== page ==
CBDTPA Legislation Should Be Opposed

What's wrong with CBDTPA is that it imposes a single business model on an entire industry that's barely getting started.

When people argue about the prospect of mandatory digital rights management technologies, like those proposed in Sen. Ernest "Fritz" Hollings Consumer Broadband and Digital Television Promotion Act (S.2048), the dispute typically turns on the conflict between the rights of content creators and the rights of free speech. But thats not the right ground on which to take sides for or against the bill. No matter what your feelings about that clash of legitimate ideals, you should still oppose this legislation.

Whats wrong with CBDTPA is that it imposes a single business model on an entire industry thats barely getting started. "Five or 10 years from now, well see a digital content marketplace bigger than anyone could say today without being laughed at—but only if we dont restrict it," said Michael Miron, CEO of ContentGuard, a leading developer of digital rights management technology, when we spoke late last month. "The notion that the private sector is at an impasse, and that government has to step in, is simply wrong."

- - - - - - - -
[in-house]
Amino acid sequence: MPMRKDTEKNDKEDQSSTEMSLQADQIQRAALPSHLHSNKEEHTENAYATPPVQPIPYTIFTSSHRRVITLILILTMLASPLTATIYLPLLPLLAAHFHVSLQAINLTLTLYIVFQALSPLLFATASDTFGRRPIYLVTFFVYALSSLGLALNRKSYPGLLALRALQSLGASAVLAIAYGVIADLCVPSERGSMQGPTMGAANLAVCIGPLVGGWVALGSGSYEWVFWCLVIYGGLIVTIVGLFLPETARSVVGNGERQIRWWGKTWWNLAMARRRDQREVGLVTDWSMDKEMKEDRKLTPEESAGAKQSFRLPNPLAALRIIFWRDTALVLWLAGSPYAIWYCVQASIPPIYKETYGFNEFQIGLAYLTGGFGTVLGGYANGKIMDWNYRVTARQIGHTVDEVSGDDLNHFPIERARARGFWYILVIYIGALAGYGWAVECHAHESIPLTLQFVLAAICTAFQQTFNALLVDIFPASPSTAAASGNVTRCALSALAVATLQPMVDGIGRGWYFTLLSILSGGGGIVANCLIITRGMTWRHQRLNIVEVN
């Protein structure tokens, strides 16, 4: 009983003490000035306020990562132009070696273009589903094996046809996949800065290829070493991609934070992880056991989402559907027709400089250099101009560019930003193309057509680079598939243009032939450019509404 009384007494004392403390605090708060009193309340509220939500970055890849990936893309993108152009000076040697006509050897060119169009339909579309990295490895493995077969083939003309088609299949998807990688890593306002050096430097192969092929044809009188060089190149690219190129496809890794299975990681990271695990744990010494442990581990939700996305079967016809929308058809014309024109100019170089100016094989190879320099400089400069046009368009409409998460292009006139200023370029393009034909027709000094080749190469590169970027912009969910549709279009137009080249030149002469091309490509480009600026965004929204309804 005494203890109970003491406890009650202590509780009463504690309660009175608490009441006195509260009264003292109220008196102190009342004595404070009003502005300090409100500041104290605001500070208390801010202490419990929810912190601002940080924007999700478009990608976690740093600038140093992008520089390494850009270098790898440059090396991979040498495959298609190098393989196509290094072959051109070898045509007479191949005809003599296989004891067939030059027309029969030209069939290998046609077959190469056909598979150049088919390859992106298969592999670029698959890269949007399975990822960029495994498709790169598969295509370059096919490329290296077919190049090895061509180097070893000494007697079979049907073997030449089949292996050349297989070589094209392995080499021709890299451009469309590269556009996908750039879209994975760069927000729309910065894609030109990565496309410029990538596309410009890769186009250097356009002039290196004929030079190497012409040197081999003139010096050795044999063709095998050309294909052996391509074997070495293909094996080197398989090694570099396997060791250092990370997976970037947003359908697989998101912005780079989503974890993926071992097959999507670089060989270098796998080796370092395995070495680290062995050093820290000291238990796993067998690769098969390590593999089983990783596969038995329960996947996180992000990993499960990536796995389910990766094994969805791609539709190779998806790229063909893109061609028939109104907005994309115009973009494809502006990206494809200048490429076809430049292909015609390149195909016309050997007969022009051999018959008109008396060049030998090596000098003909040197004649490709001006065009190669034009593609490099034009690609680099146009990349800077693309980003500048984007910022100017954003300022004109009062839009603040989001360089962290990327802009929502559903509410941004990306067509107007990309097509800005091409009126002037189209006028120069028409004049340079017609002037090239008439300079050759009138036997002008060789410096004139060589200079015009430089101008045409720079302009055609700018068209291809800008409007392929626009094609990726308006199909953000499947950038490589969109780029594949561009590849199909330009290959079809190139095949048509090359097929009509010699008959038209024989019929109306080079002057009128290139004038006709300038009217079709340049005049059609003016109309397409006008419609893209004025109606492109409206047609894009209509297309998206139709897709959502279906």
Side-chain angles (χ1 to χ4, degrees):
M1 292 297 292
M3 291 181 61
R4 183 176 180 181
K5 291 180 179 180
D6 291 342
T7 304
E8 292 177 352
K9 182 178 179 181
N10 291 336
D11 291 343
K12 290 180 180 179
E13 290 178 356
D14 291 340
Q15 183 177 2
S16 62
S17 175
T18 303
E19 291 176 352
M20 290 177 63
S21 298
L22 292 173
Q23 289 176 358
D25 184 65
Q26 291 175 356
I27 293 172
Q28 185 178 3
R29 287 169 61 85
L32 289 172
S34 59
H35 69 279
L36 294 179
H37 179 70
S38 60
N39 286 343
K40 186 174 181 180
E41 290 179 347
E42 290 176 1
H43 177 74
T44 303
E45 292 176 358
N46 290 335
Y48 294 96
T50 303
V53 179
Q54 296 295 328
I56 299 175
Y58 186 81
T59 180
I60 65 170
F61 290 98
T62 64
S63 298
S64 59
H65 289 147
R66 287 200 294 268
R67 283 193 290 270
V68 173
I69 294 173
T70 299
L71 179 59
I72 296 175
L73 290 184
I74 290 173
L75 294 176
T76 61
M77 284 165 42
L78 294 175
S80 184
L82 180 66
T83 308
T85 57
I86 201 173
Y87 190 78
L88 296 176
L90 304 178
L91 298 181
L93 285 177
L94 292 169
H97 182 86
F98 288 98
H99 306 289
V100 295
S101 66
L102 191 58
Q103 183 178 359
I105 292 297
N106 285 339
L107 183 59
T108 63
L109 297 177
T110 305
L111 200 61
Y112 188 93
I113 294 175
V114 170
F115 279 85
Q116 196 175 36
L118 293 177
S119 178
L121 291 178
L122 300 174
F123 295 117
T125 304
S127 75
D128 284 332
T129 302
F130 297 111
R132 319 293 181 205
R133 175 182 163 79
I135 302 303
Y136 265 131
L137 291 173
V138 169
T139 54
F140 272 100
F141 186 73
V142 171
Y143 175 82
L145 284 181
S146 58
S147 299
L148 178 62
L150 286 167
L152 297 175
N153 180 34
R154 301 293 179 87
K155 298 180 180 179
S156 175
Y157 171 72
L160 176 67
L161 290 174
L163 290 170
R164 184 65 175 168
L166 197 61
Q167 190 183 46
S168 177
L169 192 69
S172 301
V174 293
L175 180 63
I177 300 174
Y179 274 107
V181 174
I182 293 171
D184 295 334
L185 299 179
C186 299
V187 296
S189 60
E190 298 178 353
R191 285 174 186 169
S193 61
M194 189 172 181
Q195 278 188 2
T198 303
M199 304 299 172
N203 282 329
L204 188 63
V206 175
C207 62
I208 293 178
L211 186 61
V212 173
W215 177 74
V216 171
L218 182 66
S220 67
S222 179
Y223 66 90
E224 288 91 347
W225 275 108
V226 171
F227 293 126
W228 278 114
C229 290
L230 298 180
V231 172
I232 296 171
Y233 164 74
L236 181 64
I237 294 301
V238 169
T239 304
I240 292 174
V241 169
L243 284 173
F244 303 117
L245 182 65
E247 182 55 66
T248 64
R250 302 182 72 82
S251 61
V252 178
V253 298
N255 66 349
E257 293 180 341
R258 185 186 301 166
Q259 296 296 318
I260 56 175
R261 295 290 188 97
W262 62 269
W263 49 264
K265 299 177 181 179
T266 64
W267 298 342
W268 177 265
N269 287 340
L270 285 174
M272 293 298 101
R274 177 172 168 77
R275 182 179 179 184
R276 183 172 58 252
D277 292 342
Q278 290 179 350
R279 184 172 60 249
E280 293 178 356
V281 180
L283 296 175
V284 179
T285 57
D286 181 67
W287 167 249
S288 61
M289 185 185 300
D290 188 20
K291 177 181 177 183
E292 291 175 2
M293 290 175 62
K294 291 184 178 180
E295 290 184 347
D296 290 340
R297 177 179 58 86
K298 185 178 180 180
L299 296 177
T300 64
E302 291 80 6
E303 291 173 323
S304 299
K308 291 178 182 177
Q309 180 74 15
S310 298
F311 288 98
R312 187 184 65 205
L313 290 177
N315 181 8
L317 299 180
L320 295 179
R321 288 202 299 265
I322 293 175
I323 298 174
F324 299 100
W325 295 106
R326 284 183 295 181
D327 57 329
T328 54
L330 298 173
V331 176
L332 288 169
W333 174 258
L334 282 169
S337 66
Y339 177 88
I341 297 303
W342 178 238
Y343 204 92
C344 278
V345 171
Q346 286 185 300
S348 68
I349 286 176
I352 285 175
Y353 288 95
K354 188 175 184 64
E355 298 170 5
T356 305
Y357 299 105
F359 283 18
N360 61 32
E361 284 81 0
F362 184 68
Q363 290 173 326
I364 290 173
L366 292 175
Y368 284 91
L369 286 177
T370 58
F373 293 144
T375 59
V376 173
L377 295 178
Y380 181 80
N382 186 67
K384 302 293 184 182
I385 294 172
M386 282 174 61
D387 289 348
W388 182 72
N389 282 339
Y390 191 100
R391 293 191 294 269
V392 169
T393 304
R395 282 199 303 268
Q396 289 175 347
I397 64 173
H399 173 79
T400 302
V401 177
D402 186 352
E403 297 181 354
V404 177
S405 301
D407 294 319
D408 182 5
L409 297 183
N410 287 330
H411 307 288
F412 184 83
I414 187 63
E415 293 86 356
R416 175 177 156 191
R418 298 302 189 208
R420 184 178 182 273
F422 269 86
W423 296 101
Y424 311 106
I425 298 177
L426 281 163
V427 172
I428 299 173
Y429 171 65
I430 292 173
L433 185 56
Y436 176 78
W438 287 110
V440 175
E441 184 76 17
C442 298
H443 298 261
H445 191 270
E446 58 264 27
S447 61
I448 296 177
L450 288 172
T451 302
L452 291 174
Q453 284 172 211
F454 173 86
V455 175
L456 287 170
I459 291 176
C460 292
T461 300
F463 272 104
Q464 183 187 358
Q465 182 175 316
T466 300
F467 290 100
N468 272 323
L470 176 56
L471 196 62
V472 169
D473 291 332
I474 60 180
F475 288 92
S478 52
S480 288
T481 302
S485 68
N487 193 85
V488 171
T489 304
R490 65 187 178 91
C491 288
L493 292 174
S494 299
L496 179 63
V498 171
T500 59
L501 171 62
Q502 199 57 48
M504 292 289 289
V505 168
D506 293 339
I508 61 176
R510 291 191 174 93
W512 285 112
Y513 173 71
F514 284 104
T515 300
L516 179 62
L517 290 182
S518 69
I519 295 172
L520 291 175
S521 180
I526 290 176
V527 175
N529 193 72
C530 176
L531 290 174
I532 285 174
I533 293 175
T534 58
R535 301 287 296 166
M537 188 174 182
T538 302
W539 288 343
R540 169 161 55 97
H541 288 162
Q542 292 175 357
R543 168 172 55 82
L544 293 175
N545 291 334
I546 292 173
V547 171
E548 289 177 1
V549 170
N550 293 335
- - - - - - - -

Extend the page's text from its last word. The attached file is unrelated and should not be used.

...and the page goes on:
Miron anticipates many models of content distribution, guided by industry-standard rights management languages. Toward that end, ContentGuard has contributed its Extensible Rights Markup Language, or XRML, to the Organization for the Advancement of Structured Information Standards.

"You need a way to express the rights, and you need a trust model that tells you youre granting rights to someone whos trustworthy," said Miron.

Different situations, said Miron, call for different balance points between protection of content and convenience of use. "The trust model for consumer delivery of an e-book or MP3 file will be different from the one you need for a scientist to download military secrets," he said.

CBDTPA, said Miron, effectively defines a rights language that can only say one thing—"You can read"—and an equally narrow trust model, "You must be a trustworthy device." It admits no gradations along any spectrum of privileges or requirements. Its hard enough to devise a rights management scheme that wont be quickly broken; lets not compound the problem by pretending that CBDTPA is the one size that will fit all.

Send your bill of digital rights to peter_coffee@ziffdavis.com.